Office Hours

  • Tues/Thurs 10:30-11:15am
  • and 2:30-3:45pm
 
 

Paul McLaughlin

Associate Professor of

Sociology

Bailey Hall 211
1 College Circle
Geneseo, NY 14454
585-245-6200
mclaughp@geneseo.edu

Paul

Paul McLaughlin has been a faculty member of Geneseo since 2008.

Faculty Information

Education

  • Ph.D., Cornell University
  • M.S., University of Chicago

Research Interests

Dr. McLaughlin's primary interest is in tracing the parallels between the Darwinian revolution and changes currently occurring within various subfields of the social sciences. He has also done empirical research in organizational ecology, including studies of the cooperative movement in Saskatchewan, Canada and the U.S. environmental movement. His current research is focused on the use of evolutionary models to understand the dynamics of vulnerability to climate change and other natural hazards.

Publications and Professional Activities

  • McLaughlin, Paul. 2012. "The Second Darwinian Revolution:Steps Toward A New Evolutionary Environmental Sociology." Nature and Culture 7 (3): 231-258.
  • McLaughlin, Paul. 2012. "Ecological Modernization in Evolutionary Perspective." Organization and Environment 25 (2): 178-196.
  • McLaughlin, Paul. 2011. Climate Change, Adaptation and Vulnerability:Reconceptualizing Societal-Environment Interaction within a Socially Constructed Adaptive Landscape. Organization and Environment 24(3):269-291.
  • McLaughlin, Paul and Thomas Dietz. 2008. "Structure, Agency and Environment: Toward an Integrated Perspective on Vulnerability." Global Environmental Change 18:99-111.
  • McLaughlin, Paul. 2001. "Towards an Ecology of Social Action: Merging the Ecological and Constructivist Traditions." Human Ecology Review 8(2):12-28.
  • McLaughlin, Paul and Marwan Khawaja. 2000. "The Organizational Dynamics of the U.S. Environmental Movement: Legitimation, Resource Mobilization and Political Opportunity." Rural Sociology 65(3):422-439.
  • McLaughlin, Paul. 1998. "Rethinking the Agrarian Question: The Limits of Essentialism and the Promise of Evolutionism." Human Ecology Review 5(2):25-39.
  • McLaughlin, Paul. 1996. "Resource Mobilization and Density Dependence in Cooperative Purchasing Associations in Saskatchewan Canada." Rural Sociology 61(2):326-348.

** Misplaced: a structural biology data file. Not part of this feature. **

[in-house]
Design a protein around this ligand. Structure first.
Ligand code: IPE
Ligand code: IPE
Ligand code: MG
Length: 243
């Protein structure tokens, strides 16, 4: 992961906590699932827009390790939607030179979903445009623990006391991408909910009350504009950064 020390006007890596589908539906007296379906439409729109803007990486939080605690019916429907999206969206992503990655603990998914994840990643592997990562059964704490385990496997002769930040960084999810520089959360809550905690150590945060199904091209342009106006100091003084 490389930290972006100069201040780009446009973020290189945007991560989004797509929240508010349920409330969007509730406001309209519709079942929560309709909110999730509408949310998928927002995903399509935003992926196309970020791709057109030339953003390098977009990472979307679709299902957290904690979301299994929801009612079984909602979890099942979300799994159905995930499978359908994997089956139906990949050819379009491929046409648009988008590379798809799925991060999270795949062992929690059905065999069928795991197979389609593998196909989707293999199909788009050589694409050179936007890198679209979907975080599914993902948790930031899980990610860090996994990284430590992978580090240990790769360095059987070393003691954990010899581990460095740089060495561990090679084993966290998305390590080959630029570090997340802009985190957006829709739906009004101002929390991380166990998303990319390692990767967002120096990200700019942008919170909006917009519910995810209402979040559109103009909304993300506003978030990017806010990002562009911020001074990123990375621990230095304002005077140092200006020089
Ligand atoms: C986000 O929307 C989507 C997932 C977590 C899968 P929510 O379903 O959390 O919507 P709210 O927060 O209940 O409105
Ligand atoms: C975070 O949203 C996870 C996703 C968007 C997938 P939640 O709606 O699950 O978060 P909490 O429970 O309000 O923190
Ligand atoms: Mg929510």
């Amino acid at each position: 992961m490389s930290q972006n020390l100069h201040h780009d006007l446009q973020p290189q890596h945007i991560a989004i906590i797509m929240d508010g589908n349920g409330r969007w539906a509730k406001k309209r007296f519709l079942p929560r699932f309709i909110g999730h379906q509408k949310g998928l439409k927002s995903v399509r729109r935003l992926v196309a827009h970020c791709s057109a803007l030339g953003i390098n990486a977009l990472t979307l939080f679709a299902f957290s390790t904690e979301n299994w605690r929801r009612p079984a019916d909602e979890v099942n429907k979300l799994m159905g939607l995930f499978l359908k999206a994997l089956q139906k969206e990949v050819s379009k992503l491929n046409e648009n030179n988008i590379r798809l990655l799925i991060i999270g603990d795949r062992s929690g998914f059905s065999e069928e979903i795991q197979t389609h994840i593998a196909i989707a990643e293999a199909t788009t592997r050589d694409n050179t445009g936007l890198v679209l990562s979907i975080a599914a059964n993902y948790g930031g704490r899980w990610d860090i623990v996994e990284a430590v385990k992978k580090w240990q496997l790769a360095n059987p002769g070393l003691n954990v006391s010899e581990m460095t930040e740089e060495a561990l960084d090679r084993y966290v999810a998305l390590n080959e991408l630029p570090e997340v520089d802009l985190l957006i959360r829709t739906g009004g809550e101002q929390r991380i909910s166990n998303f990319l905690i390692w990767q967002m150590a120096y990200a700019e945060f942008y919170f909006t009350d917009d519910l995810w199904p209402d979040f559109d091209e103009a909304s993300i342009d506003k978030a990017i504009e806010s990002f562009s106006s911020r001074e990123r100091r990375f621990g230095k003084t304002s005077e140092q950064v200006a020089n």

Fall 2015 Classes

SOCL 100:
S/Introduction to Sociology

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    The course introduces the basic concepts, principles, and major areas of sociology. Topics include the nature of society, social organizations, and major social institutions.

SOCL 265:
Classical Sociological Theory

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    Students will become familiar with the basic theoretical position and concepts of Marx, Durkheim, and Weber. Students will develop critical reasoning skills so that they can distinguish between the co
    nflict orientation, functionalist orientation, and the interpretive orientation to social reality. Prerequisites: SOCL 100 or permission of instructor.
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SOCL 318:
Environmental Sociology

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    This course provides an overview of the field of enviornmental sociology. Participants will become acquainted with major contemporary environmental problems as well as the various theoretical perspect
    ives--human ecology, political economy, constructivism, political ecology, ecological modernization, feminist ecology--employed by enviornmental sociologists to interpret their origins, dynamics and potential resolution. The course will also examine several deeply rooted Western assumptions about nature that are hindering the construction of a more integrated perspective on human-environment interactions. Offered every year
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